If you have diabetes, watching what you eat is one of the most important things you can do to stay healthy. “The basic goal of nutrition for people with diabetes is to avoid blood sugar spikes,” says Gerald Bernstein, M.D., director of the diabetes management program at Friedman Diabetes Institute, Beth Israel Medical Center in New York. Candy and soda can be dangerous for diabetics because the body absorbs these simple sugars almost instantly. But all types of carbs need to be watched, and foods high in fat—particularly unhealthy fats—are problematic as well because people with diabetes are at very high risk of heart disease.
- Whole grains, such as brown rice, oatmeal, quinoa, millet, or amaranth
- Baked sweet potato
- Items made with whole grains and no (or very little) added sugar
- Processed grains, such as white rice or white flour
- Cereals with little whole grains and lots of sugar
- White bread
- French fries
- Fried white-flour tortillas
Load up! You’ll get fiber and very little fat or salt (unless you add them). Remember, potatoes and corn count as carbs.
- Fresh veggies, eaten raw or lightly steamed, roasted, or grilled
- Plain frozen vegetables, lightly steamed
- Greens such as kale, spinach, and arugula. Iceberg lettuce is not as great, because it’s low in nutrients.
- Low sodium or unsalted canned vegetables
Go for a variety of colors: dark greens, red or orange (think of carrots or red peppers), whites (onions) and even purple (eggplants). The 2015 U.S. guidelines recommend 2.5 cups of veggies per day.
- Canned vegetables with lots of added sodium
- Veggies cooked with lots of added butter, cheese, or sauce
- Pickles, if you need to limit sodium — otherwise, pickles are okay.
- Sauerkraut, for the same reason as pickles — so, limit them if you have high blood pressure
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They give you carbohydrates, vitamins, minerals, and fiber. Most are naturally low in fat and sodium. But they tend to have more carbs than vegetables do.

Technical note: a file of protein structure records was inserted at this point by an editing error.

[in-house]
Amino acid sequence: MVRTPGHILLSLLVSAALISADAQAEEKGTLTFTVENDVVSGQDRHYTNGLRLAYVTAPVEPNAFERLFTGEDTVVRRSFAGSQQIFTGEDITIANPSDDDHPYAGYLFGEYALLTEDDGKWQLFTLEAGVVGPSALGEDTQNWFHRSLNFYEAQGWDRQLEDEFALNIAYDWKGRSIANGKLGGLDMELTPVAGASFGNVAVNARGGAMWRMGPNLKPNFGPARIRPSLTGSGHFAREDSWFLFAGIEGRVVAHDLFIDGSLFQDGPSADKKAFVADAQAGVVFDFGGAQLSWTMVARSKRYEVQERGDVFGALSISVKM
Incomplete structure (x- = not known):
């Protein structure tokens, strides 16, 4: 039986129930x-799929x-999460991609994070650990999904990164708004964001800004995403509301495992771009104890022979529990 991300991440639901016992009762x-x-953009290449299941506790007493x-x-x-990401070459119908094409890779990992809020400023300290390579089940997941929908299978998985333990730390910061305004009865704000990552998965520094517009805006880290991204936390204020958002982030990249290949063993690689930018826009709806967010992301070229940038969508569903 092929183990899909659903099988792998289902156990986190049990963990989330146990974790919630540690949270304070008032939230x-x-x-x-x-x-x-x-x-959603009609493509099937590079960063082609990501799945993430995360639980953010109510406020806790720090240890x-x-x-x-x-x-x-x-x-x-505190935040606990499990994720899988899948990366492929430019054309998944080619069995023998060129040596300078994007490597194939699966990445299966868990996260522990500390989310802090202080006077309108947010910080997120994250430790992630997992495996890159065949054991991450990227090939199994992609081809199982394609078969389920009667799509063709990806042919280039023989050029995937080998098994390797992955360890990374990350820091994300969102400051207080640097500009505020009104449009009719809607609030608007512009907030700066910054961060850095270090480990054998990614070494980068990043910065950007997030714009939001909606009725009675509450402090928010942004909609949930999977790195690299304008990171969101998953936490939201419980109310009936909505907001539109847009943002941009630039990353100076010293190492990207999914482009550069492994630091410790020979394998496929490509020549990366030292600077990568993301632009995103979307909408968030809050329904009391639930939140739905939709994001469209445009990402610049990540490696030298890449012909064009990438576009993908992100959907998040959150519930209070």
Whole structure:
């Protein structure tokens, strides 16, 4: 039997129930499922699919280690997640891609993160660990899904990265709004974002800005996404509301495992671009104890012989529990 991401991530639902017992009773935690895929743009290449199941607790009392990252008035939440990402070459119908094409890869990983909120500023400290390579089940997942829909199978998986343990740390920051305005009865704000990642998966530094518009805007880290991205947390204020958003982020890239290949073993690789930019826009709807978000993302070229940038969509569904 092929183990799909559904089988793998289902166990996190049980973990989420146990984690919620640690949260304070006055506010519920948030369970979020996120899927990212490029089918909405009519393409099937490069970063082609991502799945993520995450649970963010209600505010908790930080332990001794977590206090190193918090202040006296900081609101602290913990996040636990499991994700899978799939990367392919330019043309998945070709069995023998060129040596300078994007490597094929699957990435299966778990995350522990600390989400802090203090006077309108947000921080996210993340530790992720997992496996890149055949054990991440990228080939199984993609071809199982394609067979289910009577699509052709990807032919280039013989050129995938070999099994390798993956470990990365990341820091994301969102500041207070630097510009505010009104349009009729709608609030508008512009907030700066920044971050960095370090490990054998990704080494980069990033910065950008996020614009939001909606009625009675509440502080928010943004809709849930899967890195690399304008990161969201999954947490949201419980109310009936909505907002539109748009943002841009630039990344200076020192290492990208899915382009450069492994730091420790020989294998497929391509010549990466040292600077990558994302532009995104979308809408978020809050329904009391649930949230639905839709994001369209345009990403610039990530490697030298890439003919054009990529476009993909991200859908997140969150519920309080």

- Fresh fruit
- Plain frozen fruit or fruit canned without added sugar
- Sugar-free or low-sugar jam or preserves
- No-sugar-added applesauce
- Canned fruit with heavy sugar syrup
- Chewy fruit rolls
- Regular jam, jelly, and preserves (unless you have a very small portion)
- Sweetened applesauce
- Fruit punch, fruit drinks, fruit juice drinks
You have lots of choices, including beef, chicken, fish, pork, turkey, seafood, beans, cheese, eggs, nuts, and tofu.
The American Diabetes Association lists these as the top options:
- Plant-based proteins, such as beans, nuts, seeds, or tofu
- Fish and seafood
- Chicken and other poultry (Choose the breast meat if possible.)
- Eggs and low-fat dairy
If you eat meat, keep it low in fat. Trim the skin off poultry.
Try to include some plant-based protein from beans, nuts, or tofu, even if you’re not a vegetarian or vegan. You’ll get nutrients and fiber that aren’t in animal products.
- Fried meats
- Higher-fat cuts of meat, such as ribs
- Pork bacon
- Regular cheeses
- Poultry with skin
- Deep-fried fish
- Beans prepared with lard
5) Fats, Oils, and Sweets
They’re tough to resist. But it’s easy to get too much and gain weight, which makes it harder to manage your diabetes.
- Natural sources of vegetable fats, such as nuts, seeds, or avocados (high in calories, so keep portions small)
- Foods that give you omega-3 fatty acids, such as salmon, tuna, or mackerel
- Plant-based oils, such as canola, grapeseed, or olive oils
- Anything with artificial trans fat in it. It’s bad for your heart. Check the ingredient list for anything that’s “partially hydrogenated,” even if the label says it has 0 grams of trans fat.
- Big portions of saturated fats, which mainly come from animal products but also are in coconut oil and palm oil. Ask your doctor what your limit should be, especially if you have heart disease as well as diabetes.
When you down a favorite drink, you may get more calories, sugar, salt, or fat than you bargained for. Read the labels so you know what’s in a serving.
- Water, unflavored or flavored sparkling water
- Unsweetened tea (add a slice of lemon)
- Light beer, small amounts of wine, or non-fruity mixed drinks
- Coffee, black or with added low-fat milk and sugar substitute
- Regular sodas
- Regular beer, fruity mixed drinks, dessert wines
- Sweetened tea
- Coffee with sugar and cream
- Flavored coffees and chocolate drinks
- Energy drinks